Measurements of solar wind turbulence reveal the ubiquity of discontinuities. In this study we investigate how the discontinuities, especially rotational discontinuities (RDs), are formed in MHD turbulence. In a simulation of the decaying compressive three-dimensional (3D) MHD turbulence with an imposed uniform background magnetic field, we detect RDs with sharp field rotations and little variations of magnetic field intensity, as well as mass density. At the same time, in the de Hoffman–Teller frame, the plasma velocity is nearly in agreement with the Alfvén speed, and is field-aligned on both sides of the discontinuity. We take one of the identified RDs to analyze its 3D structure and temporal evolution in detail. By checking the magnetic field and plasma parameters, we find that the identified RD evolves from the steepening of the Alfvén wave with moderate amplitude, and that steepening is caused by the nonuniformity of the Alfvén speed in the ambient turbulence.

  10. Energy storage and dissipation in the magnetotail during substorms. 2. MHD simulations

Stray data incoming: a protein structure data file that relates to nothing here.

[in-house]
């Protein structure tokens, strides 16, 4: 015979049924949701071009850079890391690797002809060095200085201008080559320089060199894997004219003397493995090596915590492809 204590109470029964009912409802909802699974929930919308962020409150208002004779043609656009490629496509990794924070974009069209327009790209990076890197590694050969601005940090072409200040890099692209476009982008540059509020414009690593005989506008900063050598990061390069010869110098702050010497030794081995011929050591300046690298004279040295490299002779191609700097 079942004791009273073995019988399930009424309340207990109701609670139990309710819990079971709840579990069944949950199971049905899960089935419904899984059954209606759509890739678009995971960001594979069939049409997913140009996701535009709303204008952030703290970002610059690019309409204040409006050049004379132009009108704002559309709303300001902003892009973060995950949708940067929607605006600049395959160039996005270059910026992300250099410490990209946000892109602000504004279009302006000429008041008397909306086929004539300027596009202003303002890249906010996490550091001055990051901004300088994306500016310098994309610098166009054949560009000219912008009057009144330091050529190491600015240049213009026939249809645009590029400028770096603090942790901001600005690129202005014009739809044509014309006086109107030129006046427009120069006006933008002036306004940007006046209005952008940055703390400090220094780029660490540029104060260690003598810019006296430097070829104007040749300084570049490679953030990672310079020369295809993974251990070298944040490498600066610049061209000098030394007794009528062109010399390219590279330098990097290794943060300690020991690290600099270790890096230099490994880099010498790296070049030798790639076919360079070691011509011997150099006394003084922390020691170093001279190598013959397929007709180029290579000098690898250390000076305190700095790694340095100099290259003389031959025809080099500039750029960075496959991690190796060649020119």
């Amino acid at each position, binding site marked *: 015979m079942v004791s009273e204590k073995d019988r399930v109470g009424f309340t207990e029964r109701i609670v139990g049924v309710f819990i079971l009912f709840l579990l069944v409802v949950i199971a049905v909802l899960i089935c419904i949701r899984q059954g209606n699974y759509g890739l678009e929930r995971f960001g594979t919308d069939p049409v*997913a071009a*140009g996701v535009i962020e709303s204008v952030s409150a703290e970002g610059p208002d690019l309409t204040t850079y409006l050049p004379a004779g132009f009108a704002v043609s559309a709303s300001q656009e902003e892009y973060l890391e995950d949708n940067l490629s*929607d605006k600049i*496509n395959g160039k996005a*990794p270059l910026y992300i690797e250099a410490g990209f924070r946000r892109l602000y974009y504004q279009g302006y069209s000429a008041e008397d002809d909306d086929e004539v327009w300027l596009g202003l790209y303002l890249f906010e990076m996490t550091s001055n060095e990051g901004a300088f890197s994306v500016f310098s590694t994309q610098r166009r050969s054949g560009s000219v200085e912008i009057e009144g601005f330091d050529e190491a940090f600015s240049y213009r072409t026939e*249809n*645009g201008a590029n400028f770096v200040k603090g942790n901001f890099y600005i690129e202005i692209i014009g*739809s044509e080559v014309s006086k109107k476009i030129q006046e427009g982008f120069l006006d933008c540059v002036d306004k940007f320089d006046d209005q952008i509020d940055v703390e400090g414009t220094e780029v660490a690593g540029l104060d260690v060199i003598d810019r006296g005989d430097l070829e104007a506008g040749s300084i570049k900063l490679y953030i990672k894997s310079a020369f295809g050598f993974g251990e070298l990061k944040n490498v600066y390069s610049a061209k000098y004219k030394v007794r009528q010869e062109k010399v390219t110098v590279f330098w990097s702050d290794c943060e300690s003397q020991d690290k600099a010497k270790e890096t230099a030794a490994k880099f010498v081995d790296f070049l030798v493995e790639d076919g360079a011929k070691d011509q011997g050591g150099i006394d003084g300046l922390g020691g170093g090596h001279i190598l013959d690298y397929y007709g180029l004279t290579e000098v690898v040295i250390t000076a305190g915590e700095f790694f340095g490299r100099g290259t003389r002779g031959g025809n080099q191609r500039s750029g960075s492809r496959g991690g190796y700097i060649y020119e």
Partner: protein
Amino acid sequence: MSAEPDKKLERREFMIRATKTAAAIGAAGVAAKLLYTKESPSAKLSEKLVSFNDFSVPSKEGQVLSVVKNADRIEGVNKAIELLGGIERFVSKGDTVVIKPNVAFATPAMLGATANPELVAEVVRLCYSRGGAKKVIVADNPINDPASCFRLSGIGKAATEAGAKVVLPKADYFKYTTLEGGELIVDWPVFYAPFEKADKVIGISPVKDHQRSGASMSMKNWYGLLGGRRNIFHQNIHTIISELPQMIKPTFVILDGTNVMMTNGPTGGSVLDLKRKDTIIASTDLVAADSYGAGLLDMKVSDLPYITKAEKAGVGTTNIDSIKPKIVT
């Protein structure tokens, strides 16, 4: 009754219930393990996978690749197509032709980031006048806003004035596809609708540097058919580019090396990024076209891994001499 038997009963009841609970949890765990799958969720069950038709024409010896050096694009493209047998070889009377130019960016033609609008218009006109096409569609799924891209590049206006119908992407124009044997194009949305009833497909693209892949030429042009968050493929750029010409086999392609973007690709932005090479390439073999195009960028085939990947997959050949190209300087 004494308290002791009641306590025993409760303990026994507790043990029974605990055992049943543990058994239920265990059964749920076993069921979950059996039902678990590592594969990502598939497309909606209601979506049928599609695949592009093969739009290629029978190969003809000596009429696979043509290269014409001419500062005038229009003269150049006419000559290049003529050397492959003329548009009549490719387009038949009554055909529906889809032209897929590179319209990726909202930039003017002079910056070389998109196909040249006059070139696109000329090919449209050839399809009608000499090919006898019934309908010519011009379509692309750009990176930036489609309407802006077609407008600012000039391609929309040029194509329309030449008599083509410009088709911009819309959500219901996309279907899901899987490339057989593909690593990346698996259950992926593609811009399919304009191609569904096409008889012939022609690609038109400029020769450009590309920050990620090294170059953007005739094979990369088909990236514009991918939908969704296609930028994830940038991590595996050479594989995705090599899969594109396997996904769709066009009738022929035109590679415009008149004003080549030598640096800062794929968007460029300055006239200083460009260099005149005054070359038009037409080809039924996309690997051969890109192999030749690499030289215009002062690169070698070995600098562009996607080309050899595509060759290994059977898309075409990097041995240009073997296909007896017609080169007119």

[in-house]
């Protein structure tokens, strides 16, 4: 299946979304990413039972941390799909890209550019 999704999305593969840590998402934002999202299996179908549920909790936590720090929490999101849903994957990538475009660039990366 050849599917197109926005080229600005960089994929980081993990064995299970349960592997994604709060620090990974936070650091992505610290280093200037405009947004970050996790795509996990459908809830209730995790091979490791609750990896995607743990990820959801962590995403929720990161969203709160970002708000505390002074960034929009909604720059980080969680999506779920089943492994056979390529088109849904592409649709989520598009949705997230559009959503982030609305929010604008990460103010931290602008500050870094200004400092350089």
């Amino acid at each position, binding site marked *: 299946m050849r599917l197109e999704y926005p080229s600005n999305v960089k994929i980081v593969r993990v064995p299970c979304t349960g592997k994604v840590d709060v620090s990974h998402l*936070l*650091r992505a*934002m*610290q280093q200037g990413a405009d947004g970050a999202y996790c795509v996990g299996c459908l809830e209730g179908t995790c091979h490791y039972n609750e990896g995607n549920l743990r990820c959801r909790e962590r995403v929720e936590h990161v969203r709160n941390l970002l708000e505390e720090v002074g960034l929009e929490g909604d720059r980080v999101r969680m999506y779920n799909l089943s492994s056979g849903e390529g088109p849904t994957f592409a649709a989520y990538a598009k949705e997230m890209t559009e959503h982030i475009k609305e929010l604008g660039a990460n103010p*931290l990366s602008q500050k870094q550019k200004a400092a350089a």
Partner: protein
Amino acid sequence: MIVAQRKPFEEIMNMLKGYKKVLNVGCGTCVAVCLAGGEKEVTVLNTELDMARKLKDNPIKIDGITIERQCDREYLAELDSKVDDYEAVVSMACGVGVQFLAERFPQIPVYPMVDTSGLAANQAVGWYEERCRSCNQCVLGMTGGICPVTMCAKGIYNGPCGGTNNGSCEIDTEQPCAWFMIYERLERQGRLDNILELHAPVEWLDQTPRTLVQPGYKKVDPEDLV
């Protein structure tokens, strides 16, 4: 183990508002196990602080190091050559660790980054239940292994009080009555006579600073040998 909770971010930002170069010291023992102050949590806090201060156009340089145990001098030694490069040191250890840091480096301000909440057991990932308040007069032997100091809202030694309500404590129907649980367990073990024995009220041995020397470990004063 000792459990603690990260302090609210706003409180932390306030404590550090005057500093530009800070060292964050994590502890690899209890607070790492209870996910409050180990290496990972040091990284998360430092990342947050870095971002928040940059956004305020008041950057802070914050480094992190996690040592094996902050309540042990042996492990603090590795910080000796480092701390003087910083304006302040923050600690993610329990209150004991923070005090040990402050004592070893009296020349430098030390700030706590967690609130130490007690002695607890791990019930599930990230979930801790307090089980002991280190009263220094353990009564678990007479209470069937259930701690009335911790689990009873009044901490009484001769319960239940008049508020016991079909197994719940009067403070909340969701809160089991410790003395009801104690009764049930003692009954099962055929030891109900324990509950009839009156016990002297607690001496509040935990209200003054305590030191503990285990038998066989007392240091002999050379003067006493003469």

International Nuclear Information System (INIS)

    Steinolfson, R.S.; Winglee, R.M.

    1993-01-01

    The authors present a global MHD simulation of the magnetotail in an effort to study magnetic storm development. They address the question of energy storage in the current sheet in the early phases of storm growth, which previous simulations have not shown. They address this problem by dealing with the variation of the resistivity throughout the magnetosphere. They argue that MHD theory should provide a suitable representation to this problem on a global scale, even if it does not handle all details adequately. For their simulation they use three different forms for the resistivity. First is a uniform and constant resistivity. Second is a resistivity proportional to the current density, which is related to argument that resistivity is driven by wave-particle interactions which should be strongest in regions where the current is the greatest. Thirdly is a model where the resistivity varies with the magnetic field strength, which was suggested by previous results from particle simulations of the same problem. The simulation then gives approximately the same response of the magnetosphere for all three of the models. Each results in the formation and ejection of plasmoids, but the energy stored in the magnetotail, the timing of substorm onset in relation to the appearance of a southward interplanetary magnetic field, and the speed of ejection of the plasmoids formed differ with the resistivity models